Remind them, they need professional help

Prepare a list of benefits and tell a story about how you think addiction treatment will help them. It’s important to say this at an intervention to spark a visual story in their head. If you do not feel confident selling them on a program, call an addiction treatment center. Then, ask them for a summary of how it can help benefit their loved one.

For example, if you need to convince your loved one to treatment, you can say something like:

“This treatment center is located in Orange County and they specialize in treating substance abuse and mental health. I believe their therapeutic services will help change your life.”

Family Therapy – “You have been mentally harmed by your addiction and events that have gone on. This type of therapy will help heal us as a family. “

Group Therapy – “I know how difficult it is to talk about your problems. Group therapy will allow you to bond with other individuals who have gone through similar traumatic events.”

an infographic of what to say during an intervention

Other Thoughts On What To Say During an Intervention

Words are very powerful, especially during an intervention. They can always harm or hurt the situation. Ensure you are coming from a place of love when you are putting your foot down. Allow your loved one to know that you will not be putting up with the behavior anymore, but you also that you still love them and want to see them get better. Think about the compliment sandwich.

Compliment – Thank you for fulfilling my dreams of being a mother and constantly making me smile.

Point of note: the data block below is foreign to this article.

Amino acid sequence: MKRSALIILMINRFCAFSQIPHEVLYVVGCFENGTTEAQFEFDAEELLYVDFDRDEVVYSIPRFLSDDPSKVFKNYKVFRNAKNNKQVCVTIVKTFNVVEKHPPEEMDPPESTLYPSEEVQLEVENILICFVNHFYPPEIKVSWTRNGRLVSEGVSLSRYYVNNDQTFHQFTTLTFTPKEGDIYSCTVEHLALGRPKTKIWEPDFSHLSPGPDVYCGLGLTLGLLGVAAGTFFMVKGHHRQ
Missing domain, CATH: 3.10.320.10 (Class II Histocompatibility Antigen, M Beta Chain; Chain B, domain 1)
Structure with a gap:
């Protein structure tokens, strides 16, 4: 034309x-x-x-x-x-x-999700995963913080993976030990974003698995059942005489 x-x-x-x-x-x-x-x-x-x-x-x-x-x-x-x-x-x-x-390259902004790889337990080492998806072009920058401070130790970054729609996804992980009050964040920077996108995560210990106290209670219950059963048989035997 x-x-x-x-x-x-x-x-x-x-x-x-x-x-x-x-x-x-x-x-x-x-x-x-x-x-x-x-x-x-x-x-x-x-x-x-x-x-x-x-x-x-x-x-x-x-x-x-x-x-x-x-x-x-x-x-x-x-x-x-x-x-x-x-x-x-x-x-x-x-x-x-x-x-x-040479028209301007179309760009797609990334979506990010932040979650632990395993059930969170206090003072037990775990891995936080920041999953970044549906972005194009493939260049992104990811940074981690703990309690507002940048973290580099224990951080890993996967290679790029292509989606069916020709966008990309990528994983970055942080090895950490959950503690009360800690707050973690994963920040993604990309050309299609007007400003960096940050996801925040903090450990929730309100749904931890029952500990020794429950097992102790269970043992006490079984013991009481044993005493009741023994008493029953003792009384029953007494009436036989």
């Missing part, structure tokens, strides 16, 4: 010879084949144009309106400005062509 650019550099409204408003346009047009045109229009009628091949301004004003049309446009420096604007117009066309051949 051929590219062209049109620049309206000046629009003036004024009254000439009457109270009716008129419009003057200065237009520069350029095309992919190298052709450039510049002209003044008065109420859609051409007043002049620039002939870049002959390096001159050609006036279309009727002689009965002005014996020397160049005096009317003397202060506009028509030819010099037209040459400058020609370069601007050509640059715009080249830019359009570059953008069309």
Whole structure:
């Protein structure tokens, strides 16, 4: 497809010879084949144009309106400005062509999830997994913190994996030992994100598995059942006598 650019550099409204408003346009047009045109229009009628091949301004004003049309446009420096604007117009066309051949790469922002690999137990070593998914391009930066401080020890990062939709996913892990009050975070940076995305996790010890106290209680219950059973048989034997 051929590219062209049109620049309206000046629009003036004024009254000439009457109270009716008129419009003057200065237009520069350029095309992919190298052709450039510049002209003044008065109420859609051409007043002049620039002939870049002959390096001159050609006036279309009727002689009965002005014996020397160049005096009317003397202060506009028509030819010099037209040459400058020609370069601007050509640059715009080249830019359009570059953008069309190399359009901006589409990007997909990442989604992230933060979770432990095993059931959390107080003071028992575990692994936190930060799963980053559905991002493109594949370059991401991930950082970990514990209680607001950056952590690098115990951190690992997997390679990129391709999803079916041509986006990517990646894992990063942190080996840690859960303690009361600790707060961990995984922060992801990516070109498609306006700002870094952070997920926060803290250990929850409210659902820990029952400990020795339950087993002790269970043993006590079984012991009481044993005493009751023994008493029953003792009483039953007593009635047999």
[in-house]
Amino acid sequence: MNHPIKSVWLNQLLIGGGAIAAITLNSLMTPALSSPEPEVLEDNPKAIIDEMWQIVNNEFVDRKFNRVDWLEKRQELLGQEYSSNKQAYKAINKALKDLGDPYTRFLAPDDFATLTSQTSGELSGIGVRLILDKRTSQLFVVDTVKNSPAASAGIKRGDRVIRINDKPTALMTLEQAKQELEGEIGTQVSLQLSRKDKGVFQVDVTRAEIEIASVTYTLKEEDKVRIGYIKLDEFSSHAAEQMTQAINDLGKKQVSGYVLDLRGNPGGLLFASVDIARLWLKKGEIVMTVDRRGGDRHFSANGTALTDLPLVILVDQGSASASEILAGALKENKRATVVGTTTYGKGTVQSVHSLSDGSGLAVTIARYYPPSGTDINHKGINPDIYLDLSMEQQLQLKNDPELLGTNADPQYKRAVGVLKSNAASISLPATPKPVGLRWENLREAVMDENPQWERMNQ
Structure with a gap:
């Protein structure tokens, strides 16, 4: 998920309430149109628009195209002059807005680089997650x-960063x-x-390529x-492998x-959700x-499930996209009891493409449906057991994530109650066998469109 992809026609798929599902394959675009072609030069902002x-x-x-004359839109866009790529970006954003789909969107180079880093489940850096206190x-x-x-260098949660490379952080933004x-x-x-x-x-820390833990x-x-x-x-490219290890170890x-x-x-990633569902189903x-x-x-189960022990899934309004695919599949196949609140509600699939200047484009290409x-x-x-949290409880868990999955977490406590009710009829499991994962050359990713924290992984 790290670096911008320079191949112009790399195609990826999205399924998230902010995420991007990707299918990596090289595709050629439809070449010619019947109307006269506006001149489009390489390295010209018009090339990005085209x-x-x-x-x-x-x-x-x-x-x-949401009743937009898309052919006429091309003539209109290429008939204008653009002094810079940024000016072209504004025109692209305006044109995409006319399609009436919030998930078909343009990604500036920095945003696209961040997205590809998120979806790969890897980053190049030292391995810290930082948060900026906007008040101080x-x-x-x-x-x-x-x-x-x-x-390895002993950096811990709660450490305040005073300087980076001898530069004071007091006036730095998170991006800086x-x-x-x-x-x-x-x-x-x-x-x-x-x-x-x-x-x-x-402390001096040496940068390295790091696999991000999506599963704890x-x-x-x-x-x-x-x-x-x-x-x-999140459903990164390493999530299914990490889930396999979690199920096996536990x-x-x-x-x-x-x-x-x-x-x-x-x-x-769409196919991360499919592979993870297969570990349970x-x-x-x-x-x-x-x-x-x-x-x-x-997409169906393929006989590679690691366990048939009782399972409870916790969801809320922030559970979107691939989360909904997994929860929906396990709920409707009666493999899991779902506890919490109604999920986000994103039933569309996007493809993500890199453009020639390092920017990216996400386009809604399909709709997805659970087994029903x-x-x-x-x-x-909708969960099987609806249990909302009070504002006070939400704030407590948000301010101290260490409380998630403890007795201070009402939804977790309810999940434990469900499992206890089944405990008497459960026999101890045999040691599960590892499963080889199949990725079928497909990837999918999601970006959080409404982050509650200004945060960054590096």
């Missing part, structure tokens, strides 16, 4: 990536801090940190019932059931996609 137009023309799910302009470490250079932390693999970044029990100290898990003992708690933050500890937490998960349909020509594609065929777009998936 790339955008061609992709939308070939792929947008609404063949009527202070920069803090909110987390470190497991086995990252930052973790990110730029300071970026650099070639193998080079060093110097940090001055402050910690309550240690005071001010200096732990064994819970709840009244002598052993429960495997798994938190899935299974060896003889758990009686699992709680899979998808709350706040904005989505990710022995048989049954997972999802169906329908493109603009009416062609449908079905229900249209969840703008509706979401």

Issue or Action – However, your actions need to stop. You are harming yourself and constantly fighting or arguing. We need to get you help.

Compliment –  Know that we love you, and will be there for you every step of the way. We will drop you off at treatment and attend every single family therapy session. Your future and your life are most important to us.

Now you know what to say during an intervention. To remind you, there is a very thin line you have to walk during an intervention. Let’s talk about things you SHOULD NOT say during an intervention.

What Not to Say at an Intervention

While know what to say during an intervention is vital, it is just as important to know what not to say.

Again, if you need assistance or even intervention services, contact our team at Renaissance Recovery.

The following are a few things to avoid during an intervention.

An individual who is being confronted at an intervention already knows that their loved ones may be angry. They can sense the anger immediately and it will put him on the defensive. Instead, approach them with compassion. Layout your frustrations and the consequences of addiction, especially how the addiction has affected their loved ones. An intervention is no place to vent your anger or frustration. If your addicted loved one becomes angry, resist the temptation to respond in anger.

Using derogatory names does nothing but intensify the situation. Love the sinner, but hate the sin. If you truly love someone, you must address their actions. Calling them names dehumanizes them and they will surely become more defensive and possibly even hostile. The goal of the intervention is to get your loved ones the help they need. If you truly understand the nature of addiction, you’d realize how powerless those with addiction have become the deeper they sink into it.